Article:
I would love to have one big table (like Excel or Numbers), where I could add as many players and instruments, as I want to; change their names and positions, and then click „apply”. Only after the „apply” action Dorico would introduce changes to my score. It would save me a lot of time, especially in a big score, where every this kind of change is taking a lot of time.
I’d be happy if they’d A: Reorganize the groups into standard score order and B: Reopen the box with last one you had selected.
I sometimes wish Dorico had the Typeset button I love so much when using XeLaTeX…
Nevertheless, an option has been recently added to renumber the layouts. I imagine it could be appropriate to have an option to manage the instruments… which could open a table where you do all your things about the players, instruments, order and then OK, and the big calculation begins — while you grab a coffee. It would mean a second workflow option, I cannot see this as a priority but the idea is appealing, especially when dealing with large scores.
Currently I am working on orchestral score and Dorico is very, very slow, when I am trying to menage the players. E.g. yesterday I decided to change all instrument short names by adding a dot after the name. And it took me about 5-7 minutes. Only adding a stupid dots to names…
And when I want to add e.g. 4 instruments, Dorico have to respace my score four times. It’s a waste of time, because first three times are unnececary – the circumstances are changing with every new instrument. So this „big calculation” would be much, much smaller than the sum of every subsequent change.
Del_Gesu, have you followed the usual advice?
- Open a single part layout.
- Close all other layouts.
- Save your project.
- Close your project.
- Open your project again.
Thank you, pianoleo, for the advise. I didn’t know about this usual solution. I did it, but it didn’t speeded up anything.
That workaround, suggested by the team, was meant to ameliorate problems of scale regarding project length. They do absolutely nothing (at least that I’ve noticed), in projects with a large number of players. These problems afflict Dorico from the get go in an orchestral project. This is something that really might need to be rethought, because, as willing as some may be to trade speed for scale, these kinds of operations really are beyond what’s reasonable…
It’s both. At least for me, speed seems largely proportional to total # of measures - e.g. 10 measures with 10 players is about the same a 1 player for 100 measures.
Any sort of large score is bad news and something the team really needs to focus on. Dorico is essentially unusable for symphonic scale scores.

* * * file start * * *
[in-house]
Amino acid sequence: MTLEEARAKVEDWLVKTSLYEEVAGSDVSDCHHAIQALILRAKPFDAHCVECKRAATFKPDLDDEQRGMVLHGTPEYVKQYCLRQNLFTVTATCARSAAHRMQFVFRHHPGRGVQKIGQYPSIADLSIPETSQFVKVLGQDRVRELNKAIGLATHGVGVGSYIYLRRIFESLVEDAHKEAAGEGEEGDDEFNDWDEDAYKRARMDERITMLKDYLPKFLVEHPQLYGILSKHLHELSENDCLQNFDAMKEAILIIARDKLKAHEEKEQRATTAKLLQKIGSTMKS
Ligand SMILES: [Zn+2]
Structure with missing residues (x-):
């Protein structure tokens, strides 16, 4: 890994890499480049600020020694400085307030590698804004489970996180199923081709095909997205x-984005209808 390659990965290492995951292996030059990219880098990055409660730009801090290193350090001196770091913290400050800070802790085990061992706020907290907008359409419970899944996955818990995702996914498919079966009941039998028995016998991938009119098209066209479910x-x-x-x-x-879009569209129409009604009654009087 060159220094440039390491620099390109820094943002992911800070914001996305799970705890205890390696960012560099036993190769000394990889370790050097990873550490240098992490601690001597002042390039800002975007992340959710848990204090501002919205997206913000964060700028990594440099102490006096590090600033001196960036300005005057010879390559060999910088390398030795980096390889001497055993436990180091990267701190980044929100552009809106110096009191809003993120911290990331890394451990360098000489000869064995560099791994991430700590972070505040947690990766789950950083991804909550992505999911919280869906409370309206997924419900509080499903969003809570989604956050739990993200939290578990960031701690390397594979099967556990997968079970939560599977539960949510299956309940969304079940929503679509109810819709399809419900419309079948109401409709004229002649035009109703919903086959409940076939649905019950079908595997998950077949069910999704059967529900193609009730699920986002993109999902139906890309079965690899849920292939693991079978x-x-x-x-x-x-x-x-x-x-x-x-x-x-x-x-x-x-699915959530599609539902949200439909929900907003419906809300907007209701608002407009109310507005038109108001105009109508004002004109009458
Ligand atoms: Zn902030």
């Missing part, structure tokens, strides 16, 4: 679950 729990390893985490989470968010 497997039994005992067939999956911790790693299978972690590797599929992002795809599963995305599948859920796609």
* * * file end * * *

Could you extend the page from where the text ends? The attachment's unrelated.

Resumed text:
Dorico is not unusable for symphonic scale scores – many users are working with scores of such scale with success. But it is certainly true that you need to have a reasonably powerful machine, ideally with four CPU cores and plenty of RAM, to work on large projects comfortably.
The workaround described by Leo above is specifically to help reduce the impact of operations in Setup mode that are carried out sequentially and each of which requires the layout you’re looking at to be recalculated almost from scratch. If you do a series of such operations while looking at the full score layout in a big project, you will have longer to wait than if you are looking at an instrumental part with just a single instrument in it, because it takes less time to calculate that layout. However, in order to have that speed increase, you do need to ensure that you have only one part layout visible in a single tab in a single window, then close and reopen the project before you start performing your Setup mode operations.
Thank you, Daniel, for advice, I will try to follow it.
But speaking about the power of machine:
I am working on Macbook Pro Retina (Mid 2015), which has 2,2 GHz Intel Core i7 (four cores) and 16 GB RAM and in many cases my work on the score is far from comfortable. But I wouldn’t say, that Dorico is unusable for symphonic scale scores. Surely it is, but sometimes I have to wait much longer, than – idealy – I would like to.
I wouldn’t say it’s unusable, either – in fact, that’s how I’m using it right now. But it is far from comfortable. Having the possibility to set operations and then applying them in one go, as you would do in master pages, would feel like progress, even if the behind the scenes working time is the same as all the small operations put together.